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Differences in stem water potential during oil synthesis determine fruit characteristics and production but not vegetative growth or return bloom in an olive hedgerow orchard (cv. Arbequina)
- Hueso, A., Trentacoste, E.R., Junquera, P., Gómez-Miguel, V., Gómez-del-Campo, M.
- Agricultural water management 2019 v.223 pp. 105589
- bulbs, deficit irrigation, field capacity, flowering, fruit drop, fruit set, fruits, lipid content, microirrigation, oils, olives, orchards, summer, trees, vegetative growth, water content, water potential, water use efficiency, Spain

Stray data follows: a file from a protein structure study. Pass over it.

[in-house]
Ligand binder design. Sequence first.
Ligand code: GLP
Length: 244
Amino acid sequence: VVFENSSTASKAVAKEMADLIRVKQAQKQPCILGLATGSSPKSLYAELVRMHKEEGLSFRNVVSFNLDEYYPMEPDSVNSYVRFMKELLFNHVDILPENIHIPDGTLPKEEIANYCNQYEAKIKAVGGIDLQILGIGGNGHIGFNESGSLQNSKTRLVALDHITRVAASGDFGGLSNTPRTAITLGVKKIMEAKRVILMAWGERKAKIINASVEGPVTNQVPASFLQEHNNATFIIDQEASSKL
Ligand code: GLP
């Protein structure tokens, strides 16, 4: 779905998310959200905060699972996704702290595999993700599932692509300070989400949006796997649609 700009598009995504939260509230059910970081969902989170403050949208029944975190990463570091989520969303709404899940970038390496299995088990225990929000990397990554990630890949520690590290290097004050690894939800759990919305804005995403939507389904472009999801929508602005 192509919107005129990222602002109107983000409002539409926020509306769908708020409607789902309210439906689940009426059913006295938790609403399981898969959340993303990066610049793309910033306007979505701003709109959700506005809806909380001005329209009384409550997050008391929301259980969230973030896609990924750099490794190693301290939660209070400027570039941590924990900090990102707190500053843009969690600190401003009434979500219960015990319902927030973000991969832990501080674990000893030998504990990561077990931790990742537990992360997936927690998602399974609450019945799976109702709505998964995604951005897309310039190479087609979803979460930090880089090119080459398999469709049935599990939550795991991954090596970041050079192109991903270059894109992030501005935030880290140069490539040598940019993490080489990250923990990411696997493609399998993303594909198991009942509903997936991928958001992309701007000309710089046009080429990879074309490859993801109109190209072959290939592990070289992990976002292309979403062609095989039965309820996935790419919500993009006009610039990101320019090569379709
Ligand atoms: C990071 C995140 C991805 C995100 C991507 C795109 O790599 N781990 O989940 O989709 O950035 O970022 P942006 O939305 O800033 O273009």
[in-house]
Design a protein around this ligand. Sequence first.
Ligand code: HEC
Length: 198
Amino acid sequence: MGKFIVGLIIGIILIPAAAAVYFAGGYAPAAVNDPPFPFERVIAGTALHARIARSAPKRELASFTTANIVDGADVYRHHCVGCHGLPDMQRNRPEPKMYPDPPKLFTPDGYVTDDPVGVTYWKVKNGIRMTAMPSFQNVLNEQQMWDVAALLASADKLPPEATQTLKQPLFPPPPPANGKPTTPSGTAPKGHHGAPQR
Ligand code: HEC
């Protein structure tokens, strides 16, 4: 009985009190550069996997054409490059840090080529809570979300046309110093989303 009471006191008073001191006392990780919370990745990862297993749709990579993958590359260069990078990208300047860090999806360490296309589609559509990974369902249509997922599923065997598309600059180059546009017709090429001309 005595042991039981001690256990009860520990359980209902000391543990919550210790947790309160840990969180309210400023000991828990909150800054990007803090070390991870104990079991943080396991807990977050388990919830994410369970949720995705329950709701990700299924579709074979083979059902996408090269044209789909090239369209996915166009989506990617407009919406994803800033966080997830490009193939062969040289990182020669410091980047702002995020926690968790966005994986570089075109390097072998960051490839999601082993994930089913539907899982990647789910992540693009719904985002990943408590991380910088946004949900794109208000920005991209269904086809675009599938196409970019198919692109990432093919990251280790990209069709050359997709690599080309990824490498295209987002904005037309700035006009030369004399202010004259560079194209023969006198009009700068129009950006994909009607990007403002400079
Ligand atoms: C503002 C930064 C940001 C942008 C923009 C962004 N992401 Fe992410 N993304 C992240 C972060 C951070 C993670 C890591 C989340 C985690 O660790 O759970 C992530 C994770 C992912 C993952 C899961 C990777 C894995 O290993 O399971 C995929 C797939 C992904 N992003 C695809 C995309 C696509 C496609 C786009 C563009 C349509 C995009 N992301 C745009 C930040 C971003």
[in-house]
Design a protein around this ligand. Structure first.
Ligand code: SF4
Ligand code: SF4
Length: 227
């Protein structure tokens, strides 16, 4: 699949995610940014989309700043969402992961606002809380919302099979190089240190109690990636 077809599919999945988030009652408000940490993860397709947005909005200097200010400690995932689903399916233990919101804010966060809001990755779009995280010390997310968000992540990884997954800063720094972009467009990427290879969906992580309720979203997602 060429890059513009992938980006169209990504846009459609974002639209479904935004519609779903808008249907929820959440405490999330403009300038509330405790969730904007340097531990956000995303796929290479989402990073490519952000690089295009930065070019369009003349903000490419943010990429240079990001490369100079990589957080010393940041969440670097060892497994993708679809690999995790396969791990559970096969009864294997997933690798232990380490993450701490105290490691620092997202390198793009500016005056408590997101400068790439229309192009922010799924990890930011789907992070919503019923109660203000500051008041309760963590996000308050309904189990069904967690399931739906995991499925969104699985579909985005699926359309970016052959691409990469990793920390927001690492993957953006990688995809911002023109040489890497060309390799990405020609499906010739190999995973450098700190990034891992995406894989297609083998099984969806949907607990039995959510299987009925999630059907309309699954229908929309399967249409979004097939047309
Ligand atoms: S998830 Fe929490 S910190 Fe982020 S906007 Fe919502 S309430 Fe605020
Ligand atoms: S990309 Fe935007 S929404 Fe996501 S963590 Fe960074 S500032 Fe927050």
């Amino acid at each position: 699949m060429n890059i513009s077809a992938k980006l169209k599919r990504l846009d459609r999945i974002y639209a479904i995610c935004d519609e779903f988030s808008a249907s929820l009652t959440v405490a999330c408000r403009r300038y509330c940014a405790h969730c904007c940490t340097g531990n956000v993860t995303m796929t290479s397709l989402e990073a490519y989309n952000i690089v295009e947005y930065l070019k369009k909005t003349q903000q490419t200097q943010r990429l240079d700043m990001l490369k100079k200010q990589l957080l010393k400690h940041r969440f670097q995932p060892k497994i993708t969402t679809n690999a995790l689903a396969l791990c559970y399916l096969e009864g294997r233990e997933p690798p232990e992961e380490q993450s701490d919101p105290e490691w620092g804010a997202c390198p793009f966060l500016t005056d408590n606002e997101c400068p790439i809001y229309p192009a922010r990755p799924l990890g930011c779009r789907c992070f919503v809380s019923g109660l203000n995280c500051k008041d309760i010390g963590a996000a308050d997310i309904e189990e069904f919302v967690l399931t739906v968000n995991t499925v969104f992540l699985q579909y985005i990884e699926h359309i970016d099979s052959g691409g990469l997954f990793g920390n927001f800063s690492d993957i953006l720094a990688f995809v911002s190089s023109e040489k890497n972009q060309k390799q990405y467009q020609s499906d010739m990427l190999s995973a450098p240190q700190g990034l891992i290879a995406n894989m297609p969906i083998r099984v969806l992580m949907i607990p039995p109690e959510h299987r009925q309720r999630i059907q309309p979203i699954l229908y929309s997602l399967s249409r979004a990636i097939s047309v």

- Although oil synthesis in fruits of cv. Arbequina starts at the end of pit hardening (beginning of July in central Spain) most oil is synthesized from late summer (end August) until harvest (end October). An experiment was established in two nearby high-density olive orchards (C and L) trained in 4-m spaced hedgerows (2.3 m tall) and maintained over three successive seasons (2011–2013) to determine the effect of irrigation treatments during oil synthesis on stem water potential (Ψstem), fruit characteristics, production, water productivity (production per irrigation amount + effective rainfall), flowering and fruit-set and next-year growth. The control treatments (C1 and L1) were irrigated to maintain the “wetted” bulb near field capacity throughout the season. Three deficit-irrigation treatments were established in each orchard. In orchard C, treatments C2, C3 and C4 received 64, 38, 14% of the water applied to C1, while in orchard L, treatments L2, L3 and L4 received 71, 41, 18% of water applied to L1. The treatments produced significant differences in Ψstem that were lower in Orchard C (mean C4 value −4.91 MPa) than L (L4 −2.58 MPa) due to differences in soil depth and drip emitter spacing. At the two orchards, individually, the stressed trees were not significantly affected in terms of shoot length, flowering, fruit set, fruit abscission and consequently fruit number. While deficit irrigation significantly reduced size, oil and water content of fruit, and hence olive and oil production in Orchard C, there was no response in Orchard L. Analysis revealed that individual fruit parameters were maintained constant as Ψstem decreased during oil synthesis in response to treatment until a threshold value was reached. Oil content (% fresh weight-FW) was the least sensitive parameter (threshold −4.11 MPa) with a positive linear relationship between water and oil fruit content (R2 = 0.81). Olive production was more sensitive to Ψstem (threshold −1.82 MPa) than oil production (−2.21 MPa). Indicating that moderate stress can be applied during oil synthesis by irrigating such that Ψstem declines to the threshold value −2.21 MPa without reduction of oil production. This value corresponds to a water-stress integral of 130 MPa day−1. Maximum water productivity was achieved by irrigating at Ψstem −2.31 MPa with lower values obtained at higher or lower Ψstem. Our results indicate that Ψstem should be maintained higher than −2.21 MPa during oil synthesis for maximum production, but higher values of the water productivity will be achieved at −2.31 MPa.